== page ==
It is a few days past the month of June but that doesn’t mean we can’t learn and celebrate Estelle Griswold! So…
Happy Birthday Estelle Griswold!
Born in 1900, Estelle Griswold did some pretty damn revolutionary things during lifetime. Griswold studied voice at the Hartt College of Music, going on to eventually study in Paris. It was not until moving to D.C. with her husband Richard that she began her studies in the medical field, becoming employed as a medical technologist.
Griswold worked for the United Nations Relief, leading her to travel the world and see first hand the effects that poverty has on populations. It was this traveling that moved her to learn about population control and access to contraception.
She decided to bring this knowledge and interest back to her home state of Connecticut. Upon her return she became Executive Director of the Planned Parenthood league. In Connecticut it was illegal to sell or use birth control. Yes you read that right. To sell or USE birth control. For obvious reasons Griswold found this appalling.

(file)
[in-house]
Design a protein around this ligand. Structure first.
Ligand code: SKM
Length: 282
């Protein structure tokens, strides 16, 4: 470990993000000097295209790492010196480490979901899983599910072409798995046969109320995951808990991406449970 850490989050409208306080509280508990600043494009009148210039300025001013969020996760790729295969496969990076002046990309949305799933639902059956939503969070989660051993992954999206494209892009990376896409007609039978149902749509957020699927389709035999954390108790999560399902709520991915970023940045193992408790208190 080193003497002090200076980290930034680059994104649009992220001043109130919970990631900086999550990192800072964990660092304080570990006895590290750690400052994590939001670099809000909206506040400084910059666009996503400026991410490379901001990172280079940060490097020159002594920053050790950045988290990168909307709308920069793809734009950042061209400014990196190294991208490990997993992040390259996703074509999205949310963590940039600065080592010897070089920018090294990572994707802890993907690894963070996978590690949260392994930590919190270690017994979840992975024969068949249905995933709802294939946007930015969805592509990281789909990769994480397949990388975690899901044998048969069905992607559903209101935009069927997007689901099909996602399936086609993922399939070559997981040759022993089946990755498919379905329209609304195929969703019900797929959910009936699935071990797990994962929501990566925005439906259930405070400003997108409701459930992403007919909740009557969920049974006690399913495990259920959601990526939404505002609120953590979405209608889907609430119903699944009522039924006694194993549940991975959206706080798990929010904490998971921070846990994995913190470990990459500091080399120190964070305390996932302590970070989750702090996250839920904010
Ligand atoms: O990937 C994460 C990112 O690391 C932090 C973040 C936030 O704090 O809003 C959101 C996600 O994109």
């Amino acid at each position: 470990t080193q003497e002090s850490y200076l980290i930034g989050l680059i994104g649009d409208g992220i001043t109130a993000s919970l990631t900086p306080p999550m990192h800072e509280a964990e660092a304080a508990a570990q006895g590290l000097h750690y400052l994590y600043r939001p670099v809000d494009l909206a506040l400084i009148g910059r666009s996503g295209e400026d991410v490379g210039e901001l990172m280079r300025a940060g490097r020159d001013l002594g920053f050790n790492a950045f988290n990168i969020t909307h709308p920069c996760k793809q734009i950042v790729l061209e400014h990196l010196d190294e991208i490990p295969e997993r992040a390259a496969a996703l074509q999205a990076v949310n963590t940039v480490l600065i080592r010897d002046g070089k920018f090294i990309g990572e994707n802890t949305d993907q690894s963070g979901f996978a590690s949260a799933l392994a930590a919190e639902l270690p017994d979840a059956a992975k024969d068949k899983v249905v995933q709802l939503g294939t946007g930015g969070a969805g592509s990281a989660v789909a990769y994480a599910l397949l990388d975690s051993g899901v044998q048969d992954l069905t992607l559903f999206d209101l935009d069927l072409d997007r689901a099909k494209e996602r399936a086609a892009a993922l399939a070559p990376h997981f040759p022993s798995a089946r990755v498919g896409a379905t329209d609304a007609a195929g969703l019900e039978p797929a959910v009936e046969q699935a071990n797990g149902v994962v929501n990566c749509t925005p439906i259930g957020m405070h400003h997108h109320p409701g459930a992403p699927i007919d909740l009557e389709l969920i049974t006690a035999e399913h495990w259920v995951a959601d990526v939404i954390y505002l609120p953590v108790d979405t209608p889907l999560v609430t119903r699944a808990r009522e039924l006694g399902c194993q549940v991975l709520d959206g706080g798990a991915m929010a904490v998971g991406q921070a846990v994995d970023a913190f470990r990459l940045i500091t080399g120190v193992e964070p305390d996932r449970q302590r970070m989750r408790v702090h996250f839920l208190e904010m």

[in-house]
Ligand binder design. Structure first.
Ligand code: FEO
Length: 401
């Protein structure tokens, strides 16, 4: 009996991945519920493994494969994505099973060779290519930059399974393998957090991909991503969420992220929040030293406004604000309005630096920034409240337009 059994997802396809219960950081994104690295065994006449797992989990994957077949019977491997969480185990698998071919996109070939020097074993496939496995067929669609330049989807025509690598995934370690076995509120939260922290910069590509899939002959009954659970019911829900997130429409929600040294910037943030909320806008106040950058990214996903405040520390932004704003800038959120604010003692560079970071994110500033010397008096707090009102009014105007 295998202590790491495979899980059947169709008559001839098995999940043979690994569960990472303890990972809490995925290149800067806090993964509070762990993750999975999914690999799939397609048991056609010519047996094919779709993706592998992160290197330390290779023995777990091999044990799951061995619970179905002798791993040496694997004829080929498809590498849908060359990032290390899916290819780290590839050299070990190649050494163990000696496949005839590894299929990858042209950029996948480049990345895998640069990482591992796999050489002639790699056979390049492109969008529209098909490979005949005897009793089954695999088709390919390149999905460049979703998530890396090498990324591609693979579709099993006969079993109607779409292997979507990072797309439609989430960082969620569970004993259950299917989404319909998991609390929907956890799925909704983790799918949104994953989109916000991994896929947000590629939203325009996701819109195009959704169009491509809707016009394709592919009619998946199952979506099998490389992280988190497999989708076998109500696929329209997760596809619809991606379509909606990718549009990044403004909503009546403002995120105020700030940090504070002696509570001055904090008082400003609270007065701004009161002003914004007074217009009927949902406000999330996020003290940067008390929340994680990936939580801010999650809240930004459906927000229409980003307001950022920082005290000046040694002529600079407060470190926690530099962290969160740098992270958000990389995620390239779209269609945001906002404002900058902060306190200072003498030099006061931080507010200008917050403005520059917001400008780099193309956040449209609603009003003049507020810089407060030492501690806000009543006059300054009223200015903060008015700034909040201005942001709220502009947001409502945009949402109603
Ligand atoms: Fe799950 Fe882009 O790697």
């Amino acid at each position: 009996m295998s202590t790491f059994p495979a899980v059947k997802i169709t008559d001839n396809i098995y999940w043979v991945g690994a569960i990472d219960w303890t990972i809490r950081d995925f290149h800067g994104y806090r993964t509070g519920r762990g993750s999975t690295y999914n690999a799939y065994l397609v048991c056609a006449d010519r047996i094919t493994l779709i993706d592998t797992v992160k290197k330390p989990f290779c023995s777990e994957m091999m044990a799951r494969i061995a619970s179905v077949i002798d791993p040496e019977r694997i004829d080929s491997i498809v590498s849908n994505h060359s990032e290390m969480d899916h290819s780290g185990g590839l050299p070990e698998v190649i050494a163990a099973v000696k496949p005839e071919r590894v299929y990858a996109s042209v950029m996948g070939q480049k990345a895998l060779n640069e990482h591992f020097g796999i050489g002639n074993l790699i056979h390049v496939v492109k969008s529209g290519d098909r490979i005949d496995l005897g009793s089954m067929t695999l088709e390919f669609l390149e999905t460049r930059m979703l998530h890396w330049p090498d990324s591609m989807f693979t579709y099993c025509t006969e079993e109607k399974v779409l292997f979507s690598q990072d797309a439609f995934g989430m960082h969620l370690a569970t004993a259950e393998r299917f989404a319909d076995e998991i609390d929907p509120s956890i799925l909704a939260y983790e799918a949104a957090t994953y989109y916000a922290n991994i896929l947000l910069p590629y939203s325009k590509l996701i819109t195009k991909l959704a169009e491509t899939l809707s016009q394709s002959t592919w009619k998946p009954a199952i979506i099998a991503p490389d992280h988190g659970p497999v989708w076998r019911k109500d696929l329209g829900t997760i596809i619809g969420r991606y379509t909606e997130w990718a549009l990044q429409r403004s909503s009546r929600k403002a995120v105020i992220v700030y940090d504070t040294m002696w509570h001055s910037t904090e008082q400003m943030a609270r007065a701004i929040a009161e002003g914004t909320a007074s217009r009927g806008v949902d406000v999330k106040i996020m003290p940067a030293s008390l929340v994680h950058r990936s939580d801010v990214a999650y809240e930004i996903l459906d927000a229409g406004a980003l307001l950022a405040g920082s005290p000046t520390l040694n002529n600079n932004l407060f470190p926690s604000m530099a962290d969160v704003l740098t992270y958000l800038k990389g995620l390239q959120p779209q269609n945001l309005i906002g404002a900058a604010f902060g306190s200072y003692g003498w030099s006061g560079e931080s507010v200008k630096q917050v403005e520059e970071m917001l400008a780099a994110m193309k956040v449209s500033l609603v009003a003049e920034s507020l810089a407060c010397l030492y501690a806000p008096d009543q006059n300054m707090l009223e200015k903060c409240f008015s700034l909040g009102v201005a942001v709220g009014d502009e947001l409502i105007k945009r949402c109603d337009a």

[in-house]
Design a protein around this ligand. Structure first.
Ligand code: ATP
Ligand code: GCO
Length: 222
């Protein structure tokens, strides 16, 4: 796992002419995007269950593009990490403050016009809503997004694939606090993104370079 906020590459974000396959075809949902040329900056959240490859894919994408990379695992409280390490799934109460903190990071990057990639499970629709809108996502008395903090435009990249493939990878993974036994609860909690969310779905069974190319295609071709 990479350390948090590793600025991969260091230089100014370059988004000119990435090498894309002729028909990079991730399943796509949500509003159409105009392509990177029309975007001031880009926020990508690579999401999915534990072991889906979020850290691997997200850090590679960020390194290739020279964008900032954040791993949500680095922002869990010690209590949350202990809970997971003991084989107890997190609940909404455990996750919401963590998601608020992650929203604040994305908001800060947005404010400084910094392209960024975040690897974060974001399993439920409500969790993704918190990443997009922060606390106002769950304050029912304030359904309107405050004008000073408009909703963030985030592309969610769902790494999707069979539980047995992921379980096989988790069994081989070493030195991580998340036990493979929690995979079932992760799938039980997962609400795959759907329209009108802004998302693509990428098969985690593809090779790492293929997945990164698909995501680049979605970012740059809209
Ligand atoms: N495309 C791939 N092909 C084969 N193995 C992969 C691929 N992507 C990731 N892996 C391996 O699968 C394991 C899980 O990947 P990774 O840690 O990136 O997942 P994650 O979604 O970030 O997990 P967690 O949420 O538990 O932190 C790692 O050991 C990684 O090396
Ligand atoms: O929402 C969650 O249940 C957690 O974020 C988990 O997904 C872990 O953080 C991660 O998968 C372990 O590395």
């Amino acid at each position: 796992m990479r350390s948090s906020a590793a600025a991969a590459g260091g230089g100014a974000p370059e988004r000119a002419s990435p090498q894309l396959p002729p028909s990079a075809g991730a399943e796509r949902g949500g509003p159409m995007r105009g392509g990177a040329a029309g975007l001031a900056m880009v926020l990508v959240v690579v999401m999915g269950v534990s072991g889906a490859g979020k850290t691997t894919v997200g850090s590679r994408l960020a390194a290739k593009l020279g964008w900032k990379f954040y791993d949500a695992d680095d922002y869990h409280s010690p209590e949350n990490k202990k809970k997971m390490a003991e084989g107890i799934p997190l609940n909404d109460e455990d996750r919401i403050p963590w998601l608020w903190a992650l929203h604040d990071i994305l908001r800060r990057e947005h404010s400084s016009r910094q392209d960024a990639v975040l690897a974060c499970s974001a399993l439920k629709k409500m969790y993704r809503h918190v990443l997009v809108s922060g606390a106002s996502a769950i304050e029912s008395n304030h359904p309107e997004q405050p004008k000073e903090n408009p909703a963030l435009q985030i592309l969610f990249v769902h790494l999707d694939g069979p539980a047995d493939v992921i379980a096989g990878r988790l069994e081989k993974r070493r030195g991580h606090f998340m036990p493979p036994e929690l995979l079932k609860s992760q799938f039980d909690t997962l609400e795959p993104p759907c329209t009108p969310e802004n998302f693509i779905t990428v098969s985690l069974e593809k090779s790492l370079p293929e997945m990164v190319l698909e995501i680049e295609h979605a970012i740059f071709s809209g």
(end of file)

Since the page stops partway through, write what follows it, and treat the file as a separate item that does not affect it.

“Under the law, a woman in Connecticut—married or unmarried—could not legally go into a pharmacy and purchase any form of birth control, nor was she allowed to ask the pharmacist how to avoid an unplanned pregnancy. With Griswold’s leadership, Planned Parenthood volunteers initiated “border runs” to transport women to birth control clinics in Rhode Island and New York, where such medical attention was legal” – Connecticut Women’s Hall of Fame
Griswold decided to shake things up and challenge this craziness. In 1961 her and Dr. C. Lee Buxton opened a birth control clinic that dispensed contraceptives. After opening the clinic Griswold and Buxton were arrested and convicted. This led to the infamous case, Griswold v. Connecticut. The ruling of this case was that the state’s ban on the contraceptive use “violated the right to marital privacy”.
I found it very appropriate, with the new ruling by the Supreme Court concerning women’s health, to learn a little piece of how we got to where we are. It seems lately people have forgotten about cases like these.
Thank you for your bravery Estelle! I hope we will remember you in future decisions!